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Forest owners support Sambar decision

1 May 2007

The decision of conservation minister Chris Carter to relax controls on the hunting of Sambar deer in the southern North Island has been endorsed by forest owners.

NZ Forest Owners Association chief executive David Rhodes says forest owners will now be able to control the deer, which are found mainly on private land, throughout the year.

"The minister has made the right decision for both economic and environmental reasons."

Mr Rhodes says land owners have been prevented from controlling Sambar within a gazetted zone which includes much of the southern North Island west coast from Waverley to Otaki.

Regulations restricted hunting in the zone to a six weekend season, with one animal per hunter and no spotlighting. Even land owners and their staff had to comply.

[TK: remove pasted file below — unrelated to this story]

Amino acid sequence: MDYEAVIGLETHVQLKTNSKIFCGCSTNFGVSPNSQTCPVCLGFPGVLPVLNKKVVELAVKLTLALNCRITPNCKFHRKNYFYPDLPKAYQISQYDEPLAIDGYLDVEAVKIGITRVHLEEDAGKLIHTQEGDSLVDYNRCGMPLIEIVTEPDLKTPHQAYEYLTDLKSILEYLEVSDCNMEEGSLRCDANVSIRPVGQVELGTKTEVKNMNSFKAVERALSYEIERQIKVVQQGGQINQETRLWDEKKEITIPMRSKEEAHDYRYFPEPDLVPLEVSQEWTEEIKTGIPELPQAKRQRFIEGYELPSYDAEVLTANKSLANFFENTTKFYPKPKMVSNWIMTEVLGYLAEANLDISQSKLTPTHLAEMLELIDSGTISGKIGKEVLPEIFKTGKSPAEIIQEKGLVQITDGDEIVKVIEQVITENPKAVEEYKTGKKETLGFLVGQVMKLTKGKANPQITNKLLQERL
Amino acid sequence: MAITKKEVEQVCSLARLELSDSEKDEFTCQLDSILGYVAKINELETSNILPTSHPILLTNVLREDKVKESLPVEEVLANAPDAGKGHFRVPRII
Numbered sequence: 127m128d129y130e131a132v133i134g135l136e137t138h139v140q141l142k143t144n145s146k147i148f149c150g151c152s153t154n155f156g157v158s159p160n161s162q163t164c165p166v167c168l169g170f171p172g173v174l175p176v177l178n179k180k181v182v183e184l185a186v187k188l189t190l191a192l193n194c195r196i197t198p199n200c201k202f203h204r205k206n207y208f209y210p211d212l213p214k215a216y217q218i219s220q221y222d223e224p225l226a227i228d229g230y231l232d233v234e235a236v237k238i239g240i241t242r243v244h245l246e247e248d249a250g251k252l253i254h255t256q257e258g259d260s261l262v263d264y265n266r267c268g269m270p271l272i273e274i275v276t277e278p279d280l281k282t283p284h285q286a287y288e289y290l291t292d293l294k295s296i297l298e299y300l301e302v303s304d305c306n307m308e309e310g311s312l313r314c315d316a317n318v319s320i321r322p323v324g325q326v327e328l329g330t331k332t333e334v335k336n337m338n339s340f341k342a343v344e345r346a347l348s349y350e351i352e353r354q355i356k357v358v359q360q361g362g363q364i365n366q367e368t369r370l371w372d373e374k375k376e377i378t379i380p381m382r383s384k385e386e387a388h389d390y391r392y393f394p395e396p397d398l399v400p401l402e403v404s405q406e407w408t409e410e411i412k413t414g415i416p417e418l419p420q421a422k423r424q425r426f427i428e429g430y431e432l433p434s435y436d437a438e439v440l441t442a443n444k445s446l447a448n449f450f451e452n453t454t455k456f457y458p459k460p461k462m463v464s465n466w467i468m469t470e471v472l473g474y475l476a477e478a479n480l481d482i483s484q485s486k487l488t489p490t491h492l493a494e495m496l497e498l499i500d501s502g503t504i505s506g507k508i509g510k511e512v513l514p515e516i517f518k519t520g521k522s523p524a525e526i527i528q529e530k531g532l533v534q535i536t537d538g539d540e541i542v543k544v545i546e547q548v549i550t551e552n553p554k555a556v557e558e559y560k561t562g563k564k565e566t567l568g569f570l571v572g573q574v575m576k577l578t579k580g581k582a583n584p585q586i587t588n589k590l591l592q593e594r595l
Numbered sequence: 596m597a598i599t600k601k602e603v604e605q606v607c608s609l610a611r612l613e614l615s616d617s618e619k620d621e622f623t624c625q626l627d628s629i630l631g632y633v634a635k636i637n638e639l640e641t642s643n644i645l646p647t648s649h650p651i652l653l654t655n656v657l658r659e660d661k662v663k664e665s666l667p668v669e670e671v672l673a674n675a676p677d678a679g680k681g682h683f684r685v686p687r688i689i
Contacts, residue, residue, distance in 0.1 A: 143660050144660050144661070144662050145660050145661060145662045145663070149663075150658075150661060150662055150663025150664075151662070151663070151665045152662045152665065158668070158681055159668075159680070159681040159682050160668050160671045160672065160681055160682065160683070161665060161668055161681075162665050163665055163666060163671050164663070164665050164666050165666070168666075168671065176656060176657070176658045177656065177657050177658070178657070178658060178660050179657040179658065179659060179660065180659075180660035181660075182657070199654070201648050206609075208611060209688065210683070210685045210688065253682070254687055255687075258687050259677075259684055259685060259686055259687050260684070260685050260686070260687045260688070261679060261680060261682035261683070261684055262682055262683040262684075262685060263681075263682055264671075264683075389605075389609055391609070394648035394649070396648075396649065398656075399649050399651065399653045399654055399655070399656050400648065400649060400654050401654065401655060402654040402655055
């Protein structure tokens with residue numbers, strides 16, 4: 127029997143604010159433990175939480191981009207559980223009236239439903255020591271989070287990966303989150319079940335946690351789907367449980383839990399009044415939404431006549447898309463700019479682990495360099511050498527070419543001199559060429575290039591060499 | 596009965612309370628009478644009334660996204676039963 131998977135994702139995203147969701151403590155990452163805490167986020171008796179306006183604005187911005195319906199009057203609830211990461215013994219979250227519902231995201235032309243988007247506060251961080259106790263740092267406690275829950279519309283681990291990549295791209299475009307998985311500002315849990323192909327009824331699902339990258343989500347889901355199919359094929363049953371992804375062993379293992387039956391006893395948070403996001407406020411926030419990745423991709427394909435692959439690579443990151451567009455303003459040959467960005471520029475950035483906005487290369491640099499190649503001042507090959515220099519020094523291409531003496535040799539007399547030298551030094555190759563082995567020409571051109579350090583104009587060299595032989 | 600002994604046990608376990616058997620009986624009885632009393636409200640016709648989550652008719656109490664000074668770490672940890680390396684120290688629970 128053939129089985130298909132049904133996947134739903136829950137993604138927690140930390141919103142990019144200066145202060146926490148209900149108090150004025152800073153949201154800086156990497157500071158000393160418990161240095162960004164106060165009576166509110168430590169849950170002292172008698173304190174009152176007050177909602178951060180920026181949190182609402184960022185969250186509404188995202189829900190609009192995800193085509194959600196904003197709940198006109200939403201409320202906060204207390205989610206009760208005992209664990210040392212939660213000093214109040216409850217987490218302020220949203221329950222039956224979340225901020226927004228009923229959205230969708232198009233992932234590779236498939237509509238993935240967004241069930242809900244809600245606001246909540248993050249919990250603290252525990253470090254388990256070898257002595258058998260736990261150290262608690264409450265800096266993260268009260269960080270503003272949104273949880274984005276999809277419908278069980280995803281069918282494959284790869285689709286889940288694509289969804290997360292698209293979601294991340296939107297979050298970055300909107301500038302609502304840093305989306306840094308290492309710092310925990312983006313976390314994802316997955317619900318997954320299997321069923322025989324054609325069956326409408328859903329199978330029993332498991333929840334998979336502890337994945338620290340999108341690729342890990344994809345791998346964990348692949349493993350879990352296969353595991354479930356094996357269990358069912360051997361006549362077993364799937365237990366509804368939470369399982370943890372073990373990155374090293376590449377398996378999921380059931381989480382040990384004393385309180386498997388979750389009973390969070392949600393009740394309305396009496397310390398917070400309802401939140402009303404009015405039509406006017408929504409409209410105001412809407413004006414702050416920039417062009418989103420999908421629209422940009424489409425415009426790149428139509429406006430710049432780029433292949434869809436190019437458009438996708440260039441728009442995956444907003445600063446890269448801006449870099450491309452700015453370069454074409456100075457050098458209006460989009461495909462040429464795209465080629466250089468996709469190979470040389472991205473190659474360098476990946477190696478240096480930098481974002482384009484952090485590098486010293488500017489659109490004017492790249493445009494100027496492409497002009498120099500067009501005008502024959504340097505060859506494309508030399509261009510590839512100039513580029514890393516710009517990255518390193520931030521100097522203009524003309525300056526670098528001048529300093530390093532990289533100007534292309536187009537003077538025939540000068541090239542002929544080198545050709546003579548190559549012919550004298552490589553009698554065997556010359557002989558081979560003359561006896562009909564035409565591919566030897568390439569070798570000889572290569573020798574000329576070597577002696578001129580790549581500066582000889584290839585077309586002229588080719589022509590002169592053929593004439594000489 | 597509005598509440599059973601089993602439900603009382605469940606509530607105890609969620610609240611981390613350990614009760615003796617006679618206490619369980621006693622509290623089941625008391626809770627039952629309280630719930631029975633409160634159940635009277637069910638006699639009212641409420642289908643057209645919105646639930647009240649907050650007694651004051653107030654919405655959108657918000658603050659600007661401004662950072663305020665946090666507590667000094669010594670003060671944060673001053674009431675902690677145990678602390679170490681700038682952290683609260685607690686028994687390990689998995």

With the scales weighted in their favour, Sambar numbers exploded.

Adult animals, the size of horses, have been causing severe damage to trees through bark-stripping and the destruction of newly planted woodlots, shelter belts and forests.

"Losses in affected pine forests have been calculated at $5000-$7000/ha, or 20-30% of the value of the trees at harvest. Total damage to standing forests exceeds $20 million," Farm Forestry Association spokesperson Denis Hocking says.

"The worst damage to pines is in newly-pruned blocks where deer can easily reach the bare stem of the tree. Cypress species, which never get a hard bark, are vulnerable throughout their life-cycle."

Mr Hocking says the herd’s continuing survival is not at risk, nor are they endangered in their country of origin, India.

Sambar are very secretive, making them hard to hunt. Also they have now spread along the coast and inland up river valleys, in some cases onto properties where land owners are quite happy to play host to wild deer.

Mr Rhodes says commercial forest owners are willing to work with deer stalkers to ensure that the increased hunting opportunities resulting from the minister’s decision are fairly allocated.

"Sambar will now be treated like any other deer species. Before hunting them on private land, you must first get the land owner’s permission."

For more information, please contact David Rhodes, Tel 0274 955 525;or Denis Hocking, Tel 021 051 4479 or 06 322 1254